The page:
It is very likely that the book is now in the public domain, but I have been unable to establish a definitive date of death for Jesse Page. If anyone has further information about the rights, please contact me.

Jesse Page, Henry Martyn of India and Persia. London: Pickering & Inglis, [1930]. Hbk. pp.179. [Click to download complete book in PDF]


  1. The Young Cambridge Student
  2. The Choice Made
  3. Outward Bound
  4. India For Christ
  5. Facing the Enemy
  6. The Lonely Pilgrim
  7. Translating the Scriptures
  8. Farewell to India
  9. The Mission to Persia
  10. The Journey’s End
  11. The Man Himself
  12. Farewell


Strange it may seem, in an age when missionary interest is at flood-tide, and the heroisms of the field of God are being recognised on every hand, Henry Martyn is comparatively unknown.

On the horizon of the twentieth century he is dimly discerned, a luminous shadow far away, but felt to be that of one who was brave, and good, and suffering, who toiled his life away for others, and died in almost tragic solitude, friendless and alone. But distance weakens the true influence of a man, though it may glorify his memory; therefore, I have made the endeavour in the pages of this book to correct the focus of vision, and bring Henry Martyn, if possible, a little nearer to us in clear and vivid outline, instinct with reality and life.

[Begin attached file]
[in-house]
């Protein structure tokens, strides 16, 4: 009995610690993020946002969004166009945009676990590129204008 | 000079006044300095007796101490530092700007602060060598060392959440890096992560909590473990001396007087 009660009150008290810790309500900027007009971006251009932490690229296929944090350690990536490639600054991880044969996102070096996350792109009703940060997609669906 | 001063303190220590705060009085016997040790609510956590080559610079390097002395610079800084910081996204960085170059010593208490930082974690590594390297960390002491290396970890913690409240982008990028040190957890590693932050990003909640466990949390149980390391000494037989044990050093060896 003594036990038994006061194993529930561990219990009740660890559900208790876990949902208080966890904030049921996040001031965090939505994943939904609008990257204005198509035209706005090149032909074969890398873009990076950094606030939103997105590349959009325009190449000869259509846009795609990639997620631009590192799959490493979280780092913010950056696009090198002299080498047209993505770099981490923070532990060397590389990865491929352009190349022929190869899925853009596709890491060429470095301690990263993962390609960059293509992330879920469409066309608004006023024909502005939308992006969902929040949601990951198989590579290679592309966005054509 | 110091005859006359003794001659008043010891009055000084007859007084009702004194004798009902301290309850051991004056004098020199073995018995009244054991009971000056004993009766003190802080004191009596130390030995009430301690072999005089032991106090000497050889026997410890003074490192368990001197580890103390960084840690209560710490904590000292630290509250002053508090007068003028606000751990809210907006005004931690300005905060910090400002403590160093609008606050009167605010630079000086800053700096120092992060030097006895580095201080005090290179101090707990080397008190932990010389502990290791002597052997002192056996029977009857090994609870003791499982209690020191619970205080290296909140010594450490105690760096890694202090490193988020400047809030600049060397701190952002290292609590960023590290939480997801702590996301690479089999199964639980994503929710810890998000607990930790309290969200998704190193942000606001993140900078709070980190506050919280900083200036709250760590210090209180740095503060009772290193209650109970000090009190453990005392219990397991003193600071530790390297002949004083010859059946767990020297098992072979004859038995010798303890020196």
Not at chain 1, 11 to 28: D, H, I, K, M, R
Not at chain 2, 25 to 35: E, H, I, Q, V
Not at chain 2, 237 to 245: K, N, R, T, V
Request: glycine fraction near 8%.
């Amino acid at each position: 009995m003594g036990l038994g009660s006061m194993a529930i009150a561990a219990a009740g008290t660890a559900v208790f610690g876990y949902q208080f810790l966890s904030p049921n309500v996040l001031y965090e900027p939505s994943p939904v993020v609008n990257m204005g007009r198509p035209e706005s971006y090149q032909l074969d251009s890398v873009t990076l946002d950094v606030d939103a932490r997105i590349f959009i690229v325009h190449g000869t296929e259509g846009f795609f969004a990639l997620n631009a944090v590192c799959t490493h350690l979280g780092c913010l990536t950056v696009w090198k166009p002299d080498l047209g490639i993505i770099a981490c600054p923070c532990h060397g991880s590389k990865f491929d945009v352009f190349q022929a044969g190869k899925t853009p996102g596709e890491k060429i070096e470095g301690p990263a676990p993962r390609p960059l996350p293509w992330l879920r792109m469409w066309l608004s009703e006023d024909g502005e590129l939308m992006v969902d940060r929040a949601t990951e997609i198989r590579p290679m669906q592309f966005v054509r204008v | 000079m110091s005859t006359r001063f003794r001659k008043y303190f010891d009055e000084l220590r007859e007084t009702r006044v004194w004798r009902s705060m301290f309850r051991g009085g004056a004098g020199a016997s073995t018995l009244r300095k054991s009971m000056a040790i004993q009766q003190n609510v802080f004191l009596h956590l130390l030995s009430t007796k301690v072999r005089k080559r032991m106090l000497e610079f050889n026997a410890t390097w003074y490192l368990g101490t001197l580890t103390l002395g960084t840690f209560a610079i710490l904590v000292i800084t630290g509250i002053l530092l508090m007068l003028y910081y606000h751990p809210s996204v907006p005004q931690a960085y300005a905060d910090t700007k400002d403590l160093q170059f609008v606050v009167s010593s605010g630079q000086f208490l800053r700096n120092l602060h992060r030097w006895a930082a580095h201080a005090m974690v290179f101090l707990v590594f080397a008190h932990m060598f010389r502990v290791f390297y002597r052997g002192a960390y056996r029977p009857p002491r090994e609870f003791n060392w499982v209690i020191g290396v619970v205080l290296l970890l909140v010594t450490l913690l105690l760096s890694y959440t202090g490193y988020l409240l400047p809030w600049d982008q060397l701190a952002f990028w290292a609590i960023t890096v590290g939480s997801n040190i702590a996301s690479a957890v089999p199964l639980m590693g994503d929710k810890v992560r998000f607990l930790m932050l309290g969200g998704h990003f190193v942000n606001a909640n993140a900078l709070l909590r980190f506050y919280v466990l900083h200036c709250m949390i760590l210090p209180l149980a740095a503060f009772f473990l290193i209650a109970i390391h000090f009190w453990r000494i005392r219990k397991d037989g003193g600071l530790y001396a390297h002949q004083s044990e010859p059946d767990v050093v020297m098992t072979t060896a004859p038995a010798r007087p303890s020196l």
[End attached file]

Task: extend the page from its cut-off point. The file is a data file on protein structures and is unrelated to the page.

His story shines with a glory not of this world. Its light is reflected from the Cross of Christ. [Continue reading]

Life and Explorations of David Livingstone

Anonymous, The Life and Explorations of David Livingstone, LL.D. Compiled from Reliable SourcesThis anonymous biography was published the year after David Livingstone’s death. It was intended to provide a condensed account of his life for young people and those unfamiliar with the Newspaper accounts and those published by the National Geographic Society.

My thanks to Redcliffe College for providing me with a copy of this book to scan. This title is in the public domain.

Anonymous, The Life and Explorations of David Livingstone, LL.D. Compiled from Reliable Sources. London: Adam & Company, [1874]. Hbk. pp.324.[Click to download complete book in PDF]


  • Preface
  1. Early years-Education-Arrival at Cape Town as a Missionary
  2. Arrives at Kuruman-Visits the Bechuana Tribes – Resolves to settle among the Bakwains – Marriage-Journeys to the Zouga River – The Bakwains attacked by the Boers